Mental Health in Minority
Did you know that April is National Minority Mental Health Month?
The state of our mental health can significantly impact our overall health. Although mental health problems can affect everyone regardless of ethnicity, race, or sexual orientation, minorities are at risk of experiencing poorer mental health outcomes. Minorities are also at risk of experiencing stress at higher rates. According to the American Psychological Association, racial/ethnic minorities experience greater stress than their white counterparts, leading to disparities in the mental and physical health of racial/ethnic minority populations. Risk factors of poor overall health outcomes include the inaccessibility of high-quality mental health services, the cultural stigma surrounding mental health, distrust in the healthcare system, and a prevalent lack of understanding about how our mental health can impact our overall health.
It is crucial to understand how stress affects different groups to learn to address and manage its disproportionate impacts within our communities.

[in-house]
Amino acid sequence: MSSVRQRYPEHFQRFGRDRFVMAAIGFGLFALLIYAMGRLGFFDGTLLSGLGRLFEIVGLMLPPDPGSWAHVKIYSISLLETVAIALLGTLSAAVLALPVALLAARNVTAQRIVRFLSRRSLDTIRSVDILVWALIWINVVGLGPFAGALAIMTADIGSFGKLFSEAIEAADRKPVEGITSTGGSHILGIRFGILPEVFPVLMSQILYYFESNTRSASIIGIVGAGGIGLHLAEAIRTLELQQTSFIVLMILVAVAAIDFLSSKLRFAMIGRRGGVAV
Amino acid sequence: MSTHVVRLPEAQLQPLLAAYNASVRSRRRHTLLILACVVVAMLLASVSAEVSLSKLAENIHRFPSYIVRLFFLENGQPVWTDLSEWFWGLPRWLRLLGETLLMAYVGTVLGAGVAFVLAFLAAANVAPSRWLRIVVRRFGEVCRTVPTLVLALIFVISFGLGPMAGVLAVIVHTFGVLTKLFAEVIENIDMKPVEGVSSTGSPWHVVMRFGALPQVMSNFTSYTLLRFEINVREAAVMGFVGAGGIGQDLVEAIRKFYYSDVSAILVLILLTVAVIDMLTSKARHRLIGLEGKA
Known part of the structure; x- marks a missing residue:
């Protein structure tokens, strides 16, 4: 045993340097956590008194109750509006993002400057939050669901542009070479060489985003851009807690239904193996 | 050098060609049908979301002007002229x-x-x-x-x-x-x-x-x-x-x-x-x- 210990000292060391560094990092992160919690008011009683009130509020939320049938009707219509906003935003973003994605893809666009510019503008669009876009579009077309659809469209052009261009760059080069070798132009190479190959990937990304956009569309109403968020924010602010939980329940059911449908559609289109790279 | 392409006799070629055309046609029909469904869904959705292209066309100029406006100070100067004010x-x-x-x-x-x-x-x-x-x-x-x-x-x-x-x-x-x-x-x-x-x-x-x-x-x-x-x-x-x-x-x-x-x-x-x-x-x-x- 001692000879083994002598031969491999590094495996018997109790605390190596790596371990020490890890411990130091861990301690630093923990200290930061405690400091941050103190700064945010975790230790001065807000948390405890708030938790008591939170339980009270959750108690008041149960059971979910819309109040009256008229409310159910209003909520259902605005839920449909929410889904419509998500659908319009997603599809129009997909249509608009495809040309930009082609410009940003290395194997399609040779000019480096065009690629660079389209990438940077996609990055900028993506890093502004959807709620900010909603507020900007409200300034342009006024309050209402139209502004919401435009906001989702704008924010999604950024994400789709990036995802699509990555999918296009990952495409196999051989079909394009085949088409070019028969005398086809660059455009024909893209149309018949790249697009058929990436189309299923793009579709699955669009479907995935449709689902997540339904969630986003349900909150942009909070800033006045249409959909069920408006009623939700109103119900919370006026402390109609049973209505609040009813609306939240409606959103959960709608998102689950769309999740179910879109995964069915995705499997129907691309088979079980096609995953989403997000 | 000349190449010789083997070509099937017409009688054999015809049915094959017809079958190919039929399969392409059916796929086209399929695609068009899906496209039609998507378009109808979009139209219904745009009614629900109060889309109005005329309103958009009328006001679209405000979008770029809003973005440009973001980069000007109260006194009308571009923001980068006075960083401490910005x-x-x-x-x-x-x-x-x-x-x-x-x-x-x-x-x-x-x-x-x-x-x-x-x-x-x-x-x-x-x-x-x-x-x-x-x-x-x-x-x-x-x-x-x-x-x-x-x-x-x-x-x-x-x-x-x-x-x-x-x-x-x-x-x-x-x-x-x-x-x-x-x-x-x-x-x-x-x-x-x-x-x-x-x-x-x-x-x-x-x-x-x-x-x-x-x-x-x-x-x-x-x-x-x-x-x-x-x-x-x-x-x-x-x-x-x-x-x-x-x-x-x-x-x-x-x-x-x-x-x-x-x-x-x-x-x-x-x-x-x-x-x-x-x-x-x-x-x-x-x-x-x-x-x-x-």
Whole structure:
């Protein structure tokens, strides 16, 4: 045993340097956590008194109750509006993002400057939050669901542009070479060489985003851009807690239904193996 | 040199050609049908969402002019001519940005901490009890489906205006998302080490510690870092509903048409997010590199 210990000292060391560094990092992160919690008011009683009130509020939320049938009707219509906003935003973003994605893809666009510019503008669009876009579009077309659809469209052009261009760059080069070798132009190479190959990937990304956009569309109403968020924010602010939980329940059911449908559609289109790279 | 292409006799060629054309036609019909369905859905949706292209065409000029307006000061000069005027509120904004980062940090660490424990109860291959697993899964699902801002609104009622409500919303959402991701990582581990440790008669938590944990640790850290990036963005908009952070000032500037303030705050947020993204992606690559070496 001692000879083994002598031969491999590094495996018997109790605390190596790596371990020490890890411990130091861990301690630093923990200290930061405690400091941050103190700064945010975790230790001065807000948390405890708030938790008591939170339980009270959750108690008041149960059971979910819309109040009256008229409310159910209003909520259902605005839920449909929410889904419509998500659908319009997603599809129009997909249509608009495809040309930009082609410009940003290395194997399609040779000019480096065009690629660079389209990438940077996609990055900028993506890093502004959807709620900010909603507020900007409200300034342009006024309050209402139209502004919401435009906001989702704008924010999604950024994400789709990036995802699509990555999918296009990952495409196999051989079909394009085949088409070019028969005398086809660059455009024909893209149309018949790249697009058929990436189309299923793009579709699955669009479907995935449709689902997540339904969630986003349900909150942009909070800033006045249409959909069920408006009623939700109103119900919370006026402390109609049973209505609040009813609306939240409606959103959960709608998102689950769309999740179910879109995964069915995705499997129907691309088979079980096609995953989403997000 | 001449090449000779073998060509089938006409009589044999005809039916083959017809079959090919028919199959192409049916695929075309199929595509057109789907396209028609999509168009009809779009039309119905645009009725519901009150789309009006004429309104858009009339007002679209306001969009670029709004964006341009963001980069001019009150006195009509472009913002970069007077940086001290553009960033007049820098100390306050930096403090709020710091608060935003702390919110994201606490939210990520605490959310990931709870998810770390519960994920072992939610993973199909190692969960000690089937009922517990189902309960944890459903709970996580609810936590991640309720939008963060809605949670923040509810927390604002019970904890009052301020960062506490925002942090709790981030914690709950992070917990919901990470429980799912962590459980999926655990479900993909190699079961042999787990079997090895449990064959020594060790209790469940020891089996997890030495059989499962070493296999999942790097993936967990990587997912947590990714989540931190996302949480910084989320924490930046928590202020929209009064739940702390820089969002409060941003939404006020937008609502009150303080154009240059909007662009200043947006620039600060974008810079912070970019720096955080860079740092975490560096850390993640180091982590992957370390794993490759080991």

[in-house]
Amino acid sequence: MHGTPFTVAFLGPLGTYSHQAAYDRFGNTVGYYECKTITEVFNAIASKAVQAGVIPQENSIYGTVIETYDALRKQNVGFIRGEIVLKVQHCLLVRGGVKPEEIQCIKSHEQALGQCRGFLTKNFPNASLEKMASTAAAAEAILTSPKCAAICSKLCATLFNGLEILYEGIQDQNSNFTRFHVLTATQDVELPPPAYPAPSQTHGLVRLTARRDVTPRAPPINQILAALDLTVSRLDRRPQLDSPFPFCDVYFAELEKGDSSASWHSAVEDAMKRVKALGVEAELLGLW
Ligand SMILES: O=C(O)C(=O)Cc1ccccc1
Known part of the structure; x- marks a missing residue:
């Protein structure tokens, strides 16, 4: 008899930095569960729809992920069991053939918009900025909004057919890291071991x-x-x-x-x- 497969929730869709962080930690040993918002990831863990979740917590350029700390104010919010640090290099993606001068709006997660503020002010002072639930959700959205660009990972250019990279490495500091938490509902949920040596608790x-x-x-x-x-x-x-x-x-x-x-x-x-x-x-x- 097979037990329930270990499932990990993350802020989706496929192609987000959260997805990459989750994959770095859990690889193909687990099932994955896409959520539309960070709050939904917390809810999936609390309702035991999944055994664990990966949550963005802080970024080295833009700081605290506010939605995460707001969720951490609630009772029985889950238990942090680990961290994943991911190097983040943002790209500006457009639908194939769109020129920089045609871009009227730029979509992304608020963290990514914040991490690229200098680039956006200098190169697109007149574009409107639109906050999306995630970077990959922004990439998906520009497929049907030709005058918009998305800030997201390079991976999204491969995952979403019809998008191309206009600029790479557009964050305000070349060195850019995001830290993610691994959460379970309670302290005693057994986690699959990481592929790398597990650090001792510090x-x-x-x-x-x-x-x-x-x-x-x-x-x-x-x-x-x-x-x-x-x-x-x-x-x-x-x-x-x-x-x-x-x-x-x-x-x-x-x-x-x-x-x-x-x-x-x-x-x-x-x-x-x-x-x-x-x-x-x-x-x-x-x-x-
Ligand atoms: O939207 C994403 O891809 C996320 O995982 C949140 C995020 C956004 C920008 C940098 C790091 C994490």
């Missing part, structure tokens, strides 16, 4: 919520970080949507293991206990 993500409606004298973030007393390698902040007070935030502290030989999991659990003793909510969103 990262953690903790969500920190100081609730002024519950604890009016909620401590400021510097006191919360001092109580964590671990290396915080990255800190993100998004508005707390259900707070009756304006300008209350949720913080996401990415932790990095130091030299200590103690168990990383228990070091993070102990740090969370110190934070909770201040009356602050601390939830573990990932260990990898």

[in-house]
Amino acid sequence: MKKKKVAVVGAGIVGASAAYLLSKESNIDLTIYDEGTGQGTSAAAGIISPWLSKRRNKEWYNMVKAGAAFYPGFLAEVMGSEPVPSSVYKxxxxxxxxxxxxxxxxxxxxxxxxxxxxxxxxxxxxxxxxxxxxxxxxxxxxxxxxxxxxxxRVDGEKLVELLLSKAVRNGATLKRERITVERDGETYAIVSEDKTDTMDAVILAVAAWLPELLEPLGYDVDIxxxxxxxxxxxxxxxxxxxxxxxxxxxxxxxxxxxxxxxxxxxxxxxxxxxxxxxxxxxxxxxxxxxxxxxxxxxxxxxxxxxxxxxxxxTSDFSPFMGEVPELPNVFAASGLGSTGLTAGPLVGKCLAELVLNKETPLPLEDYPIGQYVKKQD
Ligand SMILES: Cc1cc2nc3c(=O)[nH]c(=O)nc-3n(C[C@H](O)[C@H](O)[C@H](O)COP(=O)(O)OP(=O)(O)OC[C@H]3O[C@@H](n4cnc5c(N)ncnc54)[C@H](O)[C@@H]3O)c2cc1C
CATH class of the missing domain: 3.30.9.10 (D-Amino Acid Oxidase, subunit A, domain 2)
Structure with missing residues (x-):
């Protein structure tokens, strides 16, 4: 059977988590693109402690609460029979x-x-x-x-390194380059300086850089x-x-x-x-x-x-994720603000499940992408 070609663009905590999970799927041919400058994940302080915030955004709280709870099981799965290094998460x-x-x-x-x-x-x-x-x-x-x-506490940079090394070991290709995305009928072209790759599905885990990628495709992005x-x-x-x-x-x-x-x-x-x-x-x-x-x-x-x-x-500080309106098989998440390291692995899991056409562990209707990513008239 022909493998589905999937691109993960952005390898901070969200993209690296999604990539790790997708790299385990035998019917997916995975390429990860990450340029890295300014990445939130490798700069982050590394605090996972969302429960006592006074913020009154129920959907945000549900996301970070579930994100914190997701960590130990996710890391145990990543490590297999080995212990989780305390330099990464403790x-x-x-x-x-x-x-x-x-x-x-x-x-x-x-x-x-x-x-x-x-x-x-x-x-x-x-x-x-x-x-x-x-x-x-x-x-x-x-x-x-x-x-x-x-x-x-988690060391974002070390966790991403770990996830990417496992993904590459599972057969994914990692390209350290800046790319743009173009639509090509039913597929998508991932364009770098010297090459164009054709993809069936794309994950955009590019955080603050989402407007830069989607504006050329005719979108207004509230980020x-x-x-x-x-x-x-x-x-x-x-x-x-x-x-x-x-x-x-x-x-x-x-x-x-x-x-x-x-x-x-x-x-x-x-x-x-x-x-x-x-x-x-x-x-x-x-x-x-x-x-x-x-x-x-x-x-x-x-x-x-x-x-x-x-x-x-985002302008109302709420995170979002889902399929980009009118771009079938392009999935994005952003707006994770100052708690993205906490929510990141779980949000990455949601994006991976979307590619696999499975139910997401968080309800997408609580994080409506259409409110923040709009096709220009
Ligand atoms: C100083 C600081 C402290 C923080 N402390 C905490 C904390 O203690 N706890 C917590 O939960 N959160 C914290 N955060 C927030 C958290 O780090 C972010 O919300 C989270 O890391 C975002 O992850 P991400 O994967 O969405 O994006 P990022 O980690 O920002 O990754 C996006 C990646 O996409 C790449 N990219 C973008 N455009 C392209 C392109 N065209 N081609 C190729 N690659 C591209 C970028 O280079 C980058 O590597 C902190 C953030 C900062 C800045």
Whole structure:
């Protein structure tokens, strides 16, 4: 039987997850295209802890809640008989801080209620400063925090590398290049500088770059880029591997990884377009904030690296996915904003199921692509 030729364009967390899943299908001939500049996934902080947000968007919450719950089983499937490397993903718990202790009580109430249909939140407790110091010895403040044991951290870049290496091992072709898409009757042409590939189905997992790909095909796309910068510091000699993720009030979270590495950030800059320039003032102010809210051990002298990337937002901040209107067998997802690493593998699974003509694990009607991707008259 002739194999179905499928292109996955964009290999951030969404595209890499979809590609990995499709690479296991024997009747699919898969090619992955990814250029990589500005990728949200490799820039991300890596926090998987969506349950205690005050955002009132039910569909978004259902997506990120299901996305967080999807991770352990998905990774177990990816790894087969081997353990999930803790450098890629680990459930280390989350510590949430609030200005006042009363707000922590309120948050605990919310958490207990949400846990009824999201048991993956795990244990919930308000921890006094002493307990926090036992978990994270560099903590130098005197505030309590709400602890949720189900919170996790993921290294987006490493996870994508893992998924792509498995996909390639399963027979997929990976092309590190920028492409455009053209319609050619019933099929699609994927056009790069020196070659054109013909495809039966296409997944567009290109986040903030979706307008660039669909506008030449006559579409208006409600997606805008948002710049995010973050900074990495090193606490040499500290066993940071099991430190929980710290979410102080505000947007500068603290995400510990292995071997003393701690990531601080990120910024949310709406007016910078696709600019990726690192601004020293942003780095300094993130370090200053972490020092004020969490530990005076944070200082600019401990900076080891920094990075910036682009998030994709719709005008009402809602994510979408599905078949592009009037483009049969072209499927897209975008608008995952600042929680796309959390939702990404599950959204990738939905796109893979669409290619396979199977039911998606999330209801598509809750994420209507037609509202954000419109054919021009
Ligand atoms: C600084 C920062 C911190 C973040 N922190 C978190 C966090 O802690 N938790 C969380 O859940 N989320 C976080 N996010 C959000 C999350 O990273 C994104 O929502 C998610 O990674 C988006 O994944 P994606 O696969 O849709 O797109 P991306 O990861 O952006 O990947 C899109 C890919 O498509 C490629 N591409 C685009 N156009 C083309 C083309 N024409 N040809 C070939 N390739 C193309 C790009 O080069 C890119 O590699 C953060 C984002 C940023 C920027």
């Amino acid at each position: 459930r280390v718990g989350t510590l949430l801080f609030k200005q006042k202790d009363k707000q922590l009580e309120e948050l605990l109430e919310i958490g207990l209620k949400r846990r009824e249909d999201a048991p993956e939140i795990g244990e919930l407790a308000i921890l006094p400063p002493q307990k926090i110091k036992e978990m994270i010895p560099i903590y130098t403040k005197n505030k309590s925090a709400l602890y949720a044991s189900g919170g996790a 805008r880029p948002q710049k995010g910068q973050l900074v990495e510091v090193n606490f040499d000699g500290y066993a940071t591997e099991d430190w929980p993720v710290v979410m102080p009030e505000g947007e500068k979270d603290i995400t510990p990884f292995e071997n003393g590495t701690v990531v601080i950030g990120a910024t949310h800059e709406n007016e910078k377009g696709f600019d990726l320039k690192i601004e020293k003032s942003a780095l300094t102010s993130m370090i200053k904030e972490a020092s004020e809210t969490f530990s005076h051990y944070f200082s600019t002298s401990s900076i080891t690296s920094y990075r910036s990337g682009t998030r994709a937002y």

Maintaining overall health and wellness includes taking care of our mental health. Stress is an inevitable part of life that can be situational, brief, and even beneficial. Stress can provide the motivation and stimulation required to cope with demanding situations, such as completing a big school project. Stress can also provide a sense of urgency and alertness needed for survival under threatening conditions. Nonetheless, unchecked stress can negatively impact our mental and physical health and contribute to headaches, digestion problems, skin breakouts or irritation, insomnia, and ulcers, among other issues. Excessive and unrelieved stress can have more damaging and long-term effects on a person’s mental, physical, and spiritual health.
What can we do to address the long-lasting consequences of stress? Learning to identify potential stressors is primary. Next, we must find positive ways to cope with stressors, including incorporating self-care activities into our daily schedule. It is okay to take a breath and a healthy time away from everyday life and find ways to incorporate self-care activities. Allow yourself to be aware of the emotion in the present moment and challenge yourself to find a positive way to cope.
Take a look at the “Handling feeling stressed” worksheet for a quick activity that will help you identify and deal with stress in your body.
Written by Rosmer Mena
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